It's not easy to build conscious practices in a consumer culture where companies are not transparent about their impact, buying new is presented as the path of least resistance, advertising plays on our basic instincts, and greenwashing lurks on every shelf. May the resource toolbox to the left support you in cutting through the clutter and consuming with clear intention.
Your daily actions matter. But wait, there's more!
While our personal purchases are meaningful and model what we want our cultures to move toward, we're often responding at the point where the problem manifests (vs. at the root of the problem). The product has already been produced and gone through much of its lifecycle when it meets the end consumer, and we're just out here deciding if we want to encourage the damage that's been done with our dollar vote. Think of how we might have an even greater impact if we can also take actions that address the deeper roots feeding the problems we see manifesting on store shelves and in landfills!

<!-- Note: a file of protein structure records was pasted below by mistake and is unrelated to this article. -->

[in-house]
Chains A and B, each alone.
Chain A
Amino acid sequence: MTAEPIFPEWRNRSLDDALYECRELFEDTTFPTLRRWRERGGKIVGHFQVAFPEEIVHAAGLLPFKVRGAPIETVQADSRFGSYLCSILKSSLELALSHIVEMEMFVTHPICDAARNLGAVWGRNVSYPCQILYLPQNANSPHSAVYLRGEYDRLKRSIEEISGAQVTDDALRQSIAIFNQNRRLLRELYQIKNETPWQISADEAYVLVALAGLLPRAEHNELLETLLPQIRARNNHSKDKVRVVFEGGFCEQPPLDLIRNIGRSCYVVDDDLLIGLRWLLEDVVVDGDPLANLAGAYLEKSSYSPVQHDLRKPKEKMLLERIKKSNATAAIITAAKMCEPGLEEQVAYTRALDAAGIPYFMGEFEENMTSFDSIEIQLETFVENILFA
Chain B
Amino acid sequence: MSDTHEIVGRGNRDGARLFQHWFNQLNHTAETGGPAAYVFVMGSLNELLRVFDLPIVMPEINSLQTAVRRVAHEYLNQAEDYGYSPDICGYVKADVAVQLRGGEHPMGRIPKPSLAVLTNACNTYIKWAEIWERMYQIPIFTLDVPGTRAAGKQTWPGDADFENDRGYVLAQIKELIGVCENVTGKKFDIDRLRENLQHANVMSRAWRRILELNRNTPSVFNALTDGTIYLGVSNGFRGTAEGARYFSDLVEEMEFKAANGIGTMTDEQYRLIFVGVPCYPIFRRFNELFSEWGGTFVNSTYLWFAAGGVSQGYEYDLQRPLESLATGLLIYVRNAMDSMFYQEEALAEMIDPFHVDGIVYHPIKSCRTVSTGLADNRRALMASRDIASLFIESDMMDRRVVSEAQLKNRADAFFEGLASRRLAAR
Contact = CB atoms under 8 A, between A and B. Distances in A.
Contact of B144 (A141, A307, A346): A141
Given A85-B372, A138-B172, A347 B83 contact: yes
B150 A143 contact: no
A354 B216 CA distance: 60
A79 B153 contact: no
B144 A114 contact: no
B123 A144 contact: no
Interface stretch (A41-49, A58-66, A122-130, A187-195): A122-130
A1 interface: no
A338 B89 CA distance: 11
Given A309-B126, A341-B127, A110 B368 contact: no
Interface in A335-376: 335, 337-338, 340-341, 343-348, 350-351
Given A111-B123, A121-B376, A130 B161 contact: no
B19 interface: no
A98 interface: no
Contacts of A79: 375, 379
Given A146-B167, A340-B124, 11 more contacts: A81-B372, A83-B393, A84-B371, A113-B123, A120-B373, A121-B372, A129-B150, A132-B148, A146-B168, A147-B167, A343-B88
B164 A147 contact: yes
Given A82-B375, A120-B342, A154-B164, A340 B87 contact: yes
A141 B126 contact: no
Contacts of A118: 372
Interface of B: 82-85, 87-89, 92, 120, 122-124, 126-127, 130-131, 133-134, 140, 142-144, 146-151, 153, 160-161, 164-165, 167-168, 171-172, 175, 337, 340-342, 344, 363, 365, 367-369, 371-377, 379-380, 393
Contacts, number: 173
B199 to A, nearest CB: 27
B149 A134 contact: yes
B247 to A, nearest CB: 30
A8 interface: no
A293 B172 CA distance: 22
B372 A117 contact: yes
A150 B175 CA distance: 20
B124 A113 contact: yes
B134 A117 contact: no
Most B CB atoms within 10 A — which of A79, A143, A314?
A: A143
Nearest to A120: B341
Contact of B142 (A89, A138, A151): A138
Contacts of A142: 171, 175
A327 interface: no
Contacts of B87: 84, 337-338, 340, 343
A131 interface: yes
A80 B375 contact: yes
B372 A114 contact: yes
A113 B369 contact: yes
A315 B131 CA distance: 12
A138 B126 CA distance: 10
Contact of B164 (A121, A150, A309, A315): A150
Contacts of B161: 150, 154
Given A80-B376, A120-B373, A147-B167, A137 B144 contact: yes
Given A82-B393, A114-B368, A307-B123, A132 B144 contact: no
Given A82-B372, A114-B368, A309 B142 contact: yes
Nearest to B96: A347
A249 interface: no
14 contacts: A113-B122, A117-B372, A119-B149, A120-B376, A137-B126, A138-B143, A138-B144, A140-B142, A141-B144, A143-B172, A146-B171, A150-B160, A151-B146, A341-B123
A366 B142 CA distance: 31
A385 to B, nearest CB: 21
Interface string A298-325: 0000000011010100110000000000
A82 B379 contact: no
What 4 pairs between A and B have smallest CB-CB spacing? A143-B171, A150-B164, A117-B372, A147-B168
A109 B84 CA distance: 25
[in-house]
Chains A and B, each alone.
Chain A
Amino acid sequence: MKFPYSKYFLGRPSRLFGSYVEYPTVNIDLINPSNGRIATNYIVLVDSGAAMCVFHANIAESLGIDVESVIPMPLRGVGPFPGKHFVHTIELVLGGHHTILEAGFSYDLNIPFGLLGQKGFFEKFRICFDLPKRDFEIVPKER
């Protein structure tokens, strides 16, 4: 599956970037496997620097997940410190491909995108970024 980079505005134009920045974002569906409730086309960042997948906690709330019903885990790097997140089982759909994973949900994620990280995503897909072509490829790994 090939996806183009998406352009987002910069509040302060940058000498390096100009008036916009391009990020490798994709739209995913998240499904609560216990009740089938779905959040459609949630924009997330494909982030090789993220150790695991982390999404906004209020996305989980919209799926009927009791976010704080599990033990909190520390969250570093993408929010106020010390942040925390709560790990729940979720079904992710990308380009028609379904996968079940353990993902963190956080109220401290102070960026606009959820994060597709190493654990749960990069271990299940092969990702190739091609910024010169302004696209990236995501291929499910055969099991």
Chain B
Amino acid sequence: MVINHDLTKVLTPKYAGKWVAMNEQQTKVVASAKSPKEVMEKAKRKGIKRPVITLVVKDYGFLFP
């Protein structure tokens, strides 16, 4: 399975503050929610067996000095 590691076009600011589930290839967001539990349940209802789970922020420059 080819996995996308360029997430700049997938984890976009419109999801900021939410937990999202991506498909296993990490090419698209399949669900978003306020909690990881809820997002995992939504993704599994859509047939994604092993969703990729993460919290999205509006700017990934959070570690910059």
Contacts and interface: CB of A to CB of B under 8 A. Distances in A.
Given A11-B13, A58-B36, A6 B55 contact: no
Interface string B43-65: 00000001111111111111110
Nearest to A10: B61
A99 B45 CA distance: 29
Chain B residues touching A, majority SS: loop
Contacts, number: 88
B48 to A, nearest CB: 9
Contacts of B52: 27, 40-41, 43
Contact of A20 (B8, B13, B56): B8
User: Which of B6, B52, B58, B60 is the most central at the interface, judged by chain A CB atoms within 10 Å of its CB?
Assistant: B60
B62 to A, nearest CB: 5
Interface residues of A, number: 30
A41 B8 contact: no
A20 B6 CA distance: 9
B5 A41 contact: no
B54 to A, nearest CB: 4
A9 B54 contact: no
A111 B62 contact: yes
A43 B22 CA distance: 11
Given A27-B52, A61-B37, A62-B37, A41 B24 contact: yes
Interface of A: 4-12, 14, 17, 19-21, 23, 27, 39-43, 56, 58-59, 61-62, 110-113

Expand your actions to influence the "consumer macrocosm."
If our homes and daily purchases make up our microcosm, that microcosm interacts with the greater macrocosm of consumer-related systems woven through our societies, nations, and world. Recall from the CULTURE section the underlying systems, structures, and mindsets that influence consumption and production practices and interact with us all.
Beyond our daily purchases, we consumers have levers we can pull that nudge greater systems to take actions that contribute to a more conscious consumer culture, too.
By helping shape public policy, corporate incentives, advertising norms, and education around consumption, we can build a more conscious culture from the bottom up. Participating in a greater cultural conversation in this way can alleviate the pressure we put on our individual lives, too, especially when changing personal consumer behavior is not an available option. The resources to the right offer some entry points into consumer-related systems you may want to influence.
What is interesting to you?
We can't take action everywhere all at once, and that's okay. Start by thinking and acting more consciously around one product or industry.